their acorns to mature, while white oaks produce mature acorns from their flowers yearly. Given the area’s susceptibility to late frosts that kill or decimate an oak’s flowers and thus its acorn production, this difference in acorn maturity helps to ensure a yearly acorn crop.
MDC resource scientist Randy Jensen has been a part of MOFEP since fieldwork began on the project in 1990. In the years before and after harvests, the trees in all 648 of MOFEP’s half-acre vegetation plots are catalogued. On these plots, Jensen has overseen the assembling of a database that now encompasses 96,000 individuals of 50 trees species.
Predominantly former pine and white oak open woodland, MOFEP areas now contain more densely stocked oaks (72 percent) and hickories (19 percent). In part because of a lack of regular disturbance like fire (which used to be much more frequent), shortleaf pines now make up only 9 percent of MOFEP’s trees, an estimated 30 percent of their pre-1900 numbers. All other tree species in MOFEP’s inventory combined make up less than 1 percent.
Jensen oversees research of MOFEP’s over story. His crew inventories trees, their species, their crown status, their diameter and their wildlife cavities. They also note if the trees are alive, snags (standing dead trees) or lying in the soil, decomposing. On vegetation plot 71 on site 6, just southwest of Ellington, his seven member crew catalogued the half-acre’s trees early in the fall of 2009. The site is lush, a broad upland waterway that opens from the north side of a hill, gently slopes for 100 yards or so, then crosses a dirt road and drains into Paint Rock creek, which, in about a mile, meets the Current River below Paint Rock Bluff.
The crew finds the plot’s stake-marked center, measures 82.8 feet north to the plot boundary and then moves clockwise, inventorying every tree with a trunk above a 4.5-inch diameter (smaller-diameter trees are measured in a plot’s subplots and quadrats). Several crew members identify trees while the crew leader corroborates and enters information in a PDA-like device that updates a vast tree database. Each catalogued tree has an ID tag nailed to its base, corresponding to its database ID. Thus, life histories of single trees play out every three to four years in Jensen’s ever-growing database.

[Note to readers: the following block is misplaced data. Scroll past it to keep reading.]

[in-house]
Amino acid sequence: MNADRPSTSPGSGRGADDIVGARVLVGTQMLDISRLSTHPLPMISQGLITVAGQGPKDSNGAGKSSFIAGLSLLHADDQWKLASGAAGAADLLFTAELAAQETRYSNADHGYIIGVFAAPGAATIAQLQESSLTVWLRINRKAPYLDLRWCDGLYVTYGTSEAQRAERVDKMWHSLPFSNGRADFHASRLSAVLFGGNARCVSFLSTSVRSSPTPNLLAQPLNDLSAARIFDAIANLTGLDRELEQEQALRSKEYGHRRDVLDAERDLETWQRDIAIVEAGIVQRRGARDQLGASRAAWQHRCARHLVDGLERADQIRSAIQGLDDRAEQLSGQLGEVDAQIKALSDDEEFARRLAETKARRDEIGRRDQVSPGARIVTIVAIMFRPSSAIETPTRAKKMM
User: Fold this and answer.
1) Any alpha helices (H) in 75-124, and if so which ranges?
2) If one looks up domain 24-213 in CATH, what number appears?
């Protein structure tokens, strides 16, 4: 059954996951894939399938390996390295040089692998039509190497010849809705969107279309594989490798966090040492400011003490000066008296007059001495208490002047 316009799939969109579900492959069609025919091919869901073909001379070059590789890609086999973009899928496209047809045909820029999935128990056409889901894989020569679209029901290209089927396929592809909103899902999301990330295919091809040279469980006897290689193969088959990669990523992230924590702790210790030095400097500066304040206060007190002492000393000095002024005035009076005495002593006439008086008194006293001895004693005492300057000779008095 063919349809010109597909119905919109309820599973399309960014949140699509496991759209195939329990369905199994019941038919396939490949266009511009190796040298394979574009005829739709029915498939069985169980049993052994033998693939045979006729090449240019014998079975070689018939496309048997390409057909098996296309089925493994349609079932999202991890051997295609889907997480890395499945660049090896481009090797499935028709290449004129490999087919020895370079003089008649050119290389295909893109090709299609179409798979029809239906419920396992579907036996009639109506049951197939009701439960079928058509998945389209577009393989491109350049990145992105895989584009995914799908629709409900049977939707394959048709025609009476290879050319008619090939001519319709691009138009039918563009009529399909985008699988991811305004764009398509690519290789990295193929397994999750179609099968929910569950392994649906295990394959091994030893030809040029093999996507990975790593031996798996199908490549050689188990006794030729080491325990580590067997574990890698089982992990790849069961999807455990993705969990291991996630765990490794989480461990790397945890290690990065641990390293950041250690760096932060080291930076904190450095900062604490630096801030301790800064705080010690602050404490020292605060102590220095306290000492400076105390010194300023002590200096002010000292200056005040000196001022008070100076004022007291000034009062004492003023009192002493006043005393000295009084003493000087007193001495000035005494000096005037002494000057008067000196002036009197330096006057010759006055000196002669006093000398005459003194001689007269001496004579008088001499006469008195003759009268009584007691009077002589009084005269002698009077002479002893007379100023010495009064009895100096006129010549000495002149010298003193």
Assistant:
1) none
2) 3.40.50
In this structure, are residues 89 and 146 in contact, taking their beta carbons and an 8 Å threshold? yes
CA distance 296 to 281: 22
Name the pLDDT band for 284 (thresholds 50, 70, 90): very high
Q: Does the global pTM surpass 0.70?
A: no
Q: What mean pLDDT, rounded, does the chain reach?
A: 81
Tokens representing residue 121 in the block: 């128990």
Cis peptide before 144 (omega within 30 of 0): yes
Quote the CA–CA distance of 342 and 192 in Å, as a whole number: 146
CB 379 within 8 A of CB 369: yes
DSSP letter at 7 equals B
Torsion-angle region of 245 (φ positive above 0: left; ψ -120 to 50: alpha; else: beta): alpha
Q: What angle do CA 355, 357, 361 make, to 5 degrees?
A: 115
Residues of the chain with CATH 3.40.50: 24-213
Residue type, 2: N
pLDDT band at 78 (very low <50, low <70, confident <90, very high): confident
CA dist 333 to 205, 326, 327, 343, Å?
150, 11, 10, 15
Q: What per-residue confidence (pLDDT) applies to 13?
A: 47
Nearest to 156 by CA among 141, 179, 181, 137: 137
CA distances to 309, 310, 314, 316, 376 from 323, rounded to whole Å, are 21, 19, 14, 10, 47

This opportunity to watch the forest change provided the most surprising insight of Jensen’s MOFEP experience so far—the forest is dynamic. Often it changes, he says, tree by tree, in ways he wouldn’t have expected. Sometimes he’s surprised by which trees grow a lot, which not at all, and which die or fall down. Consequently, once assimilated with research from the other 30 studies, the promise of powerful insights in MOFEP appears true.
However, this integration represents the great challenge of the project. As yet, no one has figured out how to synthesize the varied, intricate, simultaneously inventoried forest components into a single, meaningful ecosystem model. No doubt the task is daunting, and a little premature just 20 years into a 100-year study.
But the questioning goes on: How do timber harvests affect whole forest communities, from the Acadian flycatcher that spends its northern life feeding on its insects and breeding in its trees, to the broad-headed skinks and central newts that live in its leaf litter, to the bacteria that live in its soil, to the tick trefoil and goat’s rue that grow close to its ground, to the shortleaf pine seedlings, moth and butterfly larvae, the beetles, mites, millipedes, copperheads, acorns and berries, white-footed mice, chipmunks, sulphur, carbon itself, all which eat, are eaten, reproduce, live, die and otherwise interact in this Ozark forest life?
MOFEP is a good start.